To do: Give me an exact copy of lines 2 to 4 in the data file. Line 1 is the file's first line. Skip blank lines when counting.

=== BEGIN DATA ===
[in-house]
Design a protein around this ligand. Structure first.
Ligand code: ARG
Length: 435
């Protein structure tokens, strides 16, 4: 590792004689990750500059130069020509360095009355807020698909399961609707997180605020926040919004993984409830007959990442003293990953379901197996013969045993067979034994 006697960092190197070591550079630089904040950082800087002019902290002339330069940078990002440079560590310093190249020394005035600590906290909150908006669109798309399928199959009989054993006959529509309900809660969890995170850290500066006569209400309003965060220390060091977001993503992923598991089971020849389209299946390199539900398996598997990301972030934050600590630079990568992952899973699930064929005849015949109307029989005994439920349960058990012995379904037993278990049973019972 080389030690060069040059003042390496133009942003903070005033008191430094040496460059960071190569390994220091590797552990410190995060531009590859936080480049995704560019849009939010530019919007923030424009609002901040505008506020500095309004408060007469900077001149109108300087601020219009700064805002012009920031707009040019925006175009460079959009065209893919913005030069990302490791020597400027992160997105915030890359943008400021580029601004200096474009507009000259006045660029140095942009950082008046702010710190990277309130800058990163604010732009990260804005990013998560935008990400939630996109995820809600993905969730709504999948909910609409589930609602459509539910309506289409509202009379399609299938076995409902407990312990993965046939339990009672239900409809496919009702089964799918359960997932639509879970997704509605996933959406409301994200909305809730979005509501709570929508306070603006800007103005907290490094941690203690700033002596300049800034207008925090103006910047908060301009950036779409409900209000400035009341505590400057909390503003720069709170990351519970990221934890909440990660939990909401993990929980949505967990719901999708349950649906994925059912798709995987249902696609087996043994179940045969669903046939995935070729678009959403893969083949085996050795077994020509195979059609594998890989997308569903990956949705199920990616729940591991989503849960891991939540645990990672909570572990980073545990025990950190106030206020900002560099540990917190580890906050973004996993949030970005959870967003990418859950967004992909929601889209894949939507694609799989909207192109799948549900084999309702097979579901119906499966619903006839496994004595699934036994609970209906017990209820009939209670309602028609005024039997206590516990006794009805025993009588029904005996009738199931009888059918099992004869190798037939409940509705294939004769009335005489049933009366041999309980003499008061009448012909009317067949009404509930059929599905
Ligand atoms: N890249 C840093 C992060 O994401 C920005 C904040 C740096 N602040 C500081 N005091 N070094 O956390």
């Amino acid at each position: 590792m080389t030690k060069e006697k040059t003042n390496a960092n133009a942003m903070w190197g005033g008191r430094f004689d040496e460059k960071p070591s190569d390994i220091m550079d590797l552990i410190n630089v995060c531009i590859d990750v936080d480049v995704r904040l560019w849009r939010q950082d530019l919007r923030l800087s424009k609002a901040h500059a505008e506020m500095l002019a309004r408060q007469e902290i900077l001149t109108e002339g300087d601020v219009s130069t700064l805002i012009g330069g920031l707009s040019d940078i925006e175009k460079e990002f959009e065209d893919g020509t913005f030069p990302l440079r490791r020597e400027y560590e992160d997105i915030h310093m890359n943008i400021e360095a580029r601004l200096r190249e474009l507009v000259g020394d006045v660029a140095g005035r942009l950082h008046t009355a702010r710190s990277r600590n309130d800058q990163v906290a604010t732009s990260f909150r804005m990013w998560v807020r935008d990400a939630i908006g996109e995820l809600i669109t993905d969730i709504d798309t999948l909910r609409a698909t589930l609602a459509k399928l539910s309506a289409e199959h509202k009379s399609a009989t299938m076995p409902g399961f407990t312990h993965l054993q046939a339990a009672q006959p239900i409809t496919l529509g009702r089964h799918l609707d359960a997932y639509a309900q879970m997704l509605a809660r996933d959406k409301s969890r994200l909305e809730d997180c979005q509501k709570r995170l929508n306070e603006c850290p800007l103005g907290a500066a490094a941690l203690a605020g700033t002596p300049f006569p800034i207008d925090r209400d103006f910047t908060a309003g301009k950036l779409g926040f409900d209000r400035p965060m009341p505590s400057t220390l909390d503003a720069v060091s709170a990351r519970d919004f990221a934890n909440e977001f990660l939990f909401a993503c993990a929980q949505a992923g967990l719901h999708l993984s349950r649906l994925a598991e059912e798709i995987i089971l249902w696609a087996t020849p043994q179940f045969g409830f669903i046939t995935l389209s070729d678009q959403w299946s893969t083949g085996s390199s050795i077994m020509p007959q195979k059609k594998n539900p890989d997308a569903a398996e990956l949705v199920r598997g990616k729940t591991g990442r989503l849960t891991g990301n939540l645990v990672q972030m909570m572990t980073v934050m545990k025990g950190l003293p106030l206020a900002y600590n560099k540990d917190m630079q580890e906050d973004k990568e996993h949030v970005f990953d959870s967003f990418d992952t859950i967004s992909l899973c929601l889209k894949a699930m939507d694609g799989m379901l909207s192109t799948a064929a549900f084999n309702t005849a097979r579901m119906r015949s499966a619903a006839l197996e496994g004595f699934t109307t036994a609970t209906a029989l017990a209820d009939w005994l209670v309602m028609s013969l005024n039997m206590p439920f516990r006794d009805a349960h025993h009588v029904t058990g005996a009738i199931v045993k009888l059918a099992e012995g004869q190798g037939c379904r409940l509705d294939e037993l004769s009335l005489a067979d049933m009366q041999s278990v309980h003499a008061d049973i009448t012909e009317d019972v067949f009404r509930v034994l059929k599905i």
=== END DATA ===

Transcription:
Design a protein around this ligand. Structure first.
Ligand code: ARG
Length: 435